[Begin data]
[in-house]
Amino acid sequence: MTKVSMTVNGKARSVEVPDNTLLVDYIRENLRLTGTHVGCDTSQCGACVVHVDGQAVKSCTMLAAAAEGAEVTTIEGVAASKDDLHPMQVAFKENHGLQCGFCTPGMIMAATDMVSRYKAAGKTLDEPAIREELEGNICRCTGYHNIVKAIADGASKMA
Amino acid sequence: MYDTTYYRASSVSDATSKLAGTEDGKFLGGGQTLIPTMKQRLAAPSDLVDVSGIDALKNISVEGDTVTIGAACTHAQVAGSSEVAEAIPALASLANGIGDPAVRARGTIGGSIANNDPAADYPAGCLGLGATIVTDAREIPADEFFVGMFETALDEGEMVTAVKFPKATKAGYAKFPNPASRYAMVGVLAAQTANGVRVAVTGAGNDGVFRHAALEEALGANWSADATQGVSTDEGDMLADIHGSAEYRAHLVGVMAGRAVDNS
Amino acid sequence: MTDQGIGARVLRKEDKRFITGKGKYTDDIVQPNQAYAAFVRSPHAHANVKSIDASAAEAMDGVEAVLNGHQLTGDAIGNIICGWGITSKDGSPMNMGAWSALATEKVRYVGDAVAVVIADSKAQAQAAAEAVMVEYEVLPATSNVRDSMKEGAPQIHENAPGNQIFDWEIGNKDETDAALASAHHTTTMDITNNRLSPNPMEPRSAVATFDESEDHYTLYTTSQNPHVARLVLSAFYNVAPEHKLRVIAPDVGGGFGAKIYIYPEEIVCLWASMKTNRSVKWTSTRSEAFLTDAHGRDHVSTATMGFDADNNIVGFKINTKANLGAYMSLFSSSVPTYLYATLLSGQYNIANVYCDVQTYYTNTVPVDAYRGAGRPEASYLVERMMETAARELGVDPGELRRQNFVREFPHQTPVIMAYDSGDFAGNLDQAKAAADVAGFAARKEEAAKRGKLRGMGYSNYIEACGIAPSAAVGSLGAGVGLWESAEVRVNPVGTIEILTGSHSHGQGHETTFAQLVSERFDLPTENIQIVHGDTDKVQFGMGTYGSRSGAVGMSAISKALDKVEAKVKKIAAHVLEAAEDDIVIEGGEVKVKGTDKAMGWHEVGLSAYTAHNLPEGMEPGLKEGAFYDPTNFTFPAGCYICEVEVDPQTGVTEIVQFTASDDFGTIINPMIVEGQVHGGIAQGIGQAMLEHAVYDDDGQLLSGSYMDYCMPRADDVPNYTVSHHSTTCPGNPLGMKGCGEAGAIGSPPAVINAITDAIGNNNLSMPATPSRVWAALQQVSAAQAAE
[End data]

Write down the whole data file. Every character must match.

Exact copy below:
[in-house]
Amino acid sequence: MTKVSMTVNGKARSVEVPDNTLLVDYIRENLRLTGTHVGCDTSQCGACVVHVDGQAVKSCTMLAAAAEGAEVTTIEGVAASKDDLHPMQVAFKENHGLQCGFCTPGMIMAATDMVSRYKAAGKTLDEPAIREELEGNICRCTGYHNIVKAIADGASKMA
Amino acid sequence: MYDTTYYRASSVSDATSKLAGTEDGKFLGGGQTLIPTMKQRLAAPSDLVDVSGIDALKNISVEGDTVTIGAACTHAQVAGSSEVAEAIPALASLANGIGDPAVRARGTIGGSIANNDPAADYPAGCLGLGATIVTDAREIPADEFFVGMFETALDEGEMVTAVKFPKATKAGYAKFPNPASRYAMVGVLAAQTANGVRVAVTGAGNDGVFRHAALEEALGANWSADATQGVSTDEGDMLADIHGSAEYRAHLVGVMAGRAVDNS
Amino acid sequence: MTDQGIGARVLRKEDKRFITGKGKYTDDIVQPNQAYAAFVRSPHAHANVKSIDASAAEAMDGVEAVLNGHQLTGDAIGNIICGWGITSKDGSPMNMGAWSALATEKVRYVGDAVAVVIADSKAQAQAAAEAVMVEYEVLPATSNVRDSMKEGAPQIHENAPGNQIFDWEIGNKDETDAALASAHHTTTMDITNNRLSPNPMEPRSAVATFDESEDHYTLYTTSQNPHVARLVLSAFYNVAPEHKLRVIAPDVGGGFGAKIYIYPEEIVCLWASMKTNRSVKWTSTRSEAFLTDAHGRDHVSTATMGFDADNNIVGFKINTKANLGAYMSLFSSSVPTYLYATLLSGQYNIANVYCDVQTYYTNTVPVDAYRGAGRPEASYLVERMMETAARELGVDPGELRRQNFVREFPHQTPVIMAYDSGDFAGNLDQAKAAADVAGFAARKEEAAKRGKLRGMGYSNYIEACGIAPSAAVGSLGAGVGLWESAEVRVNPVGTIEILTGSHSHGQGHETTFAQLVSERFDLPTENIQIVHGDTDKVQFGMGTYGSRSGAVGMSAISKALDKVEAKVKKIAAHVLEAAEDDIVIEGGEVKVKGTDKAMGWHEVGLSAYTAHNLPEGMEPGLKEGAFYDPTNFTFPAGCYICEVEVDPQTGVTEIVQFTASDDFGTIINPMIVEGQVHGGIAQGIGQAMLEHAVYDDDGQLLSGSYMDYCMPRADDVPNYTVSHHSTTCPGNPLGMKGCGEAGAIGSPPAVINAITDAIGNNNLSMPATPSRVWAALQQVSAAQAAE